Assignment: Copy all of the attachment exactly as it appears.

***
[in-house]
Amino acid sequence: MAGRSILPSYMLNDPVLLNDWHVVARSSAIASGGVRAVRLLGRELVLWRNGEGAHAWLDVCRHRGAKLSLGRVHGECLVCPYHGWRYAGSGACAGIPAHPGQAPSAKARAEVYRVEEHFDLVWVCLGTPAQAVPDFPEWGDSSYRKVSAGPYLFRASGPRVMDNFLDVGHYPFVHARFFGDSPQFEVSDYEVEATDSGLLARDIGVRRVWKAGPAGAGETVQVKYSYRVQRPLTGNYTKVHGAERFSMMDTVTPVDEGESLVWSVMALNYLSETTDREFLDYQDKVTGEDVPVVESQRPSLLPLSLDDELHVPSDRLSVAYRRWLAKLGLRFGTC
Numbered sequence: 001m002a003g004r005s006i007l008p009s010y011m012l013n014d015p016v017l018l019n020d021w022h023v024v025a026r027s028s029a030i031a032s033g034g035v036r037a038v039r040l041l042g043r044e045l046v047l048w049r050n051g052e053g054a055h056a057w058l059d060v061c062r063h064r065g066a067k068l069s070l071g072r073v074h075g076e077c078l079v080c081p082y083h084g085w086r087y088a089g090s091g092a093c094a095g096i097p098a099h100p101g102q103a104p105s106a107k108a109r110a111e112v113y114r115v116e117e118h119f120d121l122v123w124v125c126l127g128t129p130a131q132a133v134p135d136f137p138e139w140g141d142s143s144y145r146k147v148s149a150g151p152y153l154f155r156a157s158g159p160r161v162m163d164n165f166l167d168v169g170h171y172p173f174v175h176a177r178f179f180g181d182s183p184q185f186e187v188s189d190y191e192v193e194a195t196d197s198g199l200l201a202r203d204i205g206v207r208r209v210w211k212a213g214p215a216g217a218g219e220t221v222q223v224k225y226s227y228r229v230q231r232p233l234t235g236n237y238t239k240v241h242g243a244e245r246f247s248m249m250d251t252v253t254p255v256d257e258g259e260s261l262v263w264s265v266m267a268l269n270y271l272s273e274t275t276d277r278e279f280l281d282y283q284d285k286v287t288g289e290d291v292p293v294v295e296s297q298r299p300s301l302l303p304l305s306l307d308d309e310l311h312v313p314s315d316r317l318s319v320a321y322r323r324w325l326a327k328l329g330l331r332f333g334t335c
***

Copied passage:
[in-house]
Amino acid sequence: MAGRSILPSYMLNDPVLLNDWHVVARSSAIASGGVRAVRLLGRELVLWRNGEGAHAWLDVCRHRGAKLSLGRVHGECLVCPYHGWRYAGSGACAGIPAHPGQAPSAKARAEVYRVEEHFDLVWVCLGTPAQAVPDFPEWGDSSYRKVSAGPYLFRASGPRVMDNFLDVGHYPFVHARFFGDSPQFEVSDYEVEATDSGLLARDIGVRRVWKAGPAGAGETVQVKYSYRVQRPLTGNYTKVHGAERFSMMDTVTPVDEGESLVWSVMALNYLSETTDREFLDYQDKVTGEDVPVVESQRPSLLPLSLDDELHVPSDRLSVAYRRWLAKLGLRFGTC
Numbered sequence: 001m002a003g004r005s006i007l008p009s010y011m012l013n014d015p016v017l018l019n020d021w022h023v024v025a026r027s028s029a030i031a032s033g034g035v036r037a038v039r040l041l042g043r044e045l046v047l048w049r050n051g052e053g054a055h056a057w058l059d060v061c062r063h064r065g066a067k068l069s070l071g072r073v074h075g076e077c078l079v080c081p082y083h084g085w086r087y088a089g090s091g092a093c094a095g096i097p098a099h100p101g102q103a104p105s106a107k108a109r110a111e112v113y114r115v116e117e118h119f120d121l122v123w124v125c126l127g128t129p130a131q132a133v134p135d136f137p138e139w140g141d142s143s144y145r146k147v148s149a150g151p152y153l154f155r156a157s158g159p160r161v162m163d164n165f166l167d168v169g170h171y172p173f174v175h176a177r178f179f180g181d182s183p184q185f186e187v188s189d190y191e192v193e194a195t196d197s198g199l200l201a202r203d204i205g206v207r208r209v210w211k212a213g214p215a216g217a218g219e220t221v222q223v224k225y226s227y228r229v230q231r232p233l234t235g236n237y238t239k240v241h242g243a244e245r246f247s248m249m250d251t252v253t254p255v256d257e258g259e260s261l262v263w264s265v266m267a268l269n270y271l272s273e274t275t276d277r278e279f280l281d282y283q284d285k286v287t288g289e290d291v292p293v294v295e296s297q298r299p300s301l302l303p304l305s306l307d308d309e310l311h312v313p314s315d316r317l318s319v320a321y322r323r324w325l326a327k328l329g330l331r332f333g334t335c